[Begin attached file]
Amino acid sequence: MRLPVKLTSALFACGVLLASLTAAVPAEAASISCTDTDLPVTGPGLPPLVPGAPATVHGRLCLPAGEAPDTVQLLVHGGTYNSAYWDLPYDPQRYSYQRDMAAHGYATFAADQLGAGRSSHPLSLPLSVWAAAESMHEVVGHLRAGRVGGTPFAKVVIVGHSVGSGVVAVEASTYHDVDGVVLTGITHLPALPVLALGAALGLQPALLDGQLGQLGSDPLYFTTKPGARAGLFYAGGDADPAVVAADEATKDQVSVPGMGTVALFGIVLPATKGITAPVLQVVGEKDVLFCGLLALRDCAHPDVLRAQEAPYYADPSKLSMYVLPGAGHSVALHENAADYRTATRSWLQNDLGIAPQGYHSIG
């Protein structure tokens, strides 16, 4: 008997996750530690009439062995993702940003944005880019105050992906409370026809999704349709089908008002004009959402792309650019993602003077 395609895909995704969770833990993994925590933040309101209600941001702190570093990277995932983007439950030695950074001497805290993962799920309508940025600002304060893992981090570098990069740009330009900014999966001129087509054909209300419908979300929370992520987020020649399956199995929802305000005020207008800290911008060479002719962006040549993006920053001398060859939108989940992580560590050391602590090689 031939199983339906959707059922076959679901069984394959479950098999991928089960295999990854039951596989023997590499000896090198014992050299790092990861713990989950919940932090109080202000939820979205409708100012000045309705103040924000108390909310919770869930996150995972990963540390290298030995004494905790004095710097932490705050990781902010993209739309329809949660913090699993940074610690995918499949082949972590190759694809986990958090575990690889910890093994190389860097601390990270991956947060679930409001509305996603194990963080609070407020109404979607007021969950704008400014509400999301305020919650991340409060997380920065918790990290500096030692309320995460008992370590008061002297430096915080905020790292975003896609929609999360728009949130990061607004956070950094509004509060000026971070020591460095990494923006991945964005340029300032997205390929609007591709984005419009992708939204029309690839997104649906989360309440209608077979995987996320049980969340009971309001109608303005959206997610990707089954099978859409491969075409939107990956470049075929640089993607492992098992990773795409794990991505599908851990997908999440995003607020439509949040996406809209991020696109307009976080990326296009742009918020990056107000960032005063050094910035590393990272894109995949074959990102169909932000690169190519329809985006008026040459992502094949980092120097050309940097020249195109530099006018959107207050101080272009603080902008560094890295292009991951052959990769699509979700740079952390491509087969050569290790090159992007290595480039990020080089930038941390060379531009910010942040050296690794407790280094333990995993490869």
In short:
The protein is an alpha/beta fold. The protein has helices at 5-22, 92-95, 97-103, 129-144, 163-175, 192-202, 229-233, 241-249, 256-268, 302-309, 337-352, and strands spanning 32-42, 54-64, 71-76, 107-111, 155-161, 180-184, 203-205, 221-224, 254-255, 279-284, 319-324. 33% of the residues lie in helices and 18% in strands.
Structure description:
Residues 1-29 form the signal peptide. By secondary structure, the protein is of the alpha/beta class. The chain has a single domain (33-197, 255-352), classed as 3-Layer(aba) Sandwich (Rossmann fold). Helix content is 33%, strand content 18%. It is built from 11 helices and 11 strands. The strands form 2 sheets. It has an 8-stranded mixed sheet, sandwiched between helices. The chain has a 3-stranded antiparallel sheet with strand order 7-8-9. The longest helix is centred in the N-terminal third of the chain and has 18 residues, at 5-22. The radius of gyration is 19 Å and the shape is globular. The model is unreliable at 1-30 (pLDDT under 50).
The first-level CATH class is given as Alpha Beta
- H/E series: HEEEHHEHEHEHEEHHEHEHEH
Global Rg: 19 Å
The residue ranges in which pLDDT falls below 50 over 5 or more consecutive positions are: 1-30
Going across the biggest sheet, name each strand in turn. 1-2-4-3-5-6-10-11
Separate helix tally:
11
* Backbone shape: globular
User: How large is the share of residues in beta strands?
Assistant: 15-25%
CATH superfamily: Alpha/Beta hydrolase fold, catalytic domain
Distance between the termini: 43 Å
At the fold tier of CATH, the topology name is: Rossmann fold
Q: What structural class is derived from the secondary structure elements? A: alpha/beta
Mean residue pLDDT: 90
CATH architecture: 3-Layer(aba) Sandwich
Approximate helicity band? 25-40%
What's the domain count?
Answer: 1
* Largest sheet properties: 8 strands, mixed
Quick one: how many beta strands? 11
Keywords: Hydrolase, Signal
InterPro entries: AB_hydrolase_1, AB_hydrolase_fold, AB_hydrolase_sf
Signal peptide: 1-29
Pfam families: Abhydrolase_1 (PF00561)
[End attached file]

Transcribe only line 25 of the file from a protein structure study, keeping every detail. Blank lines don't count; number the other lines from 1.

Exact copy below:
Answer: 1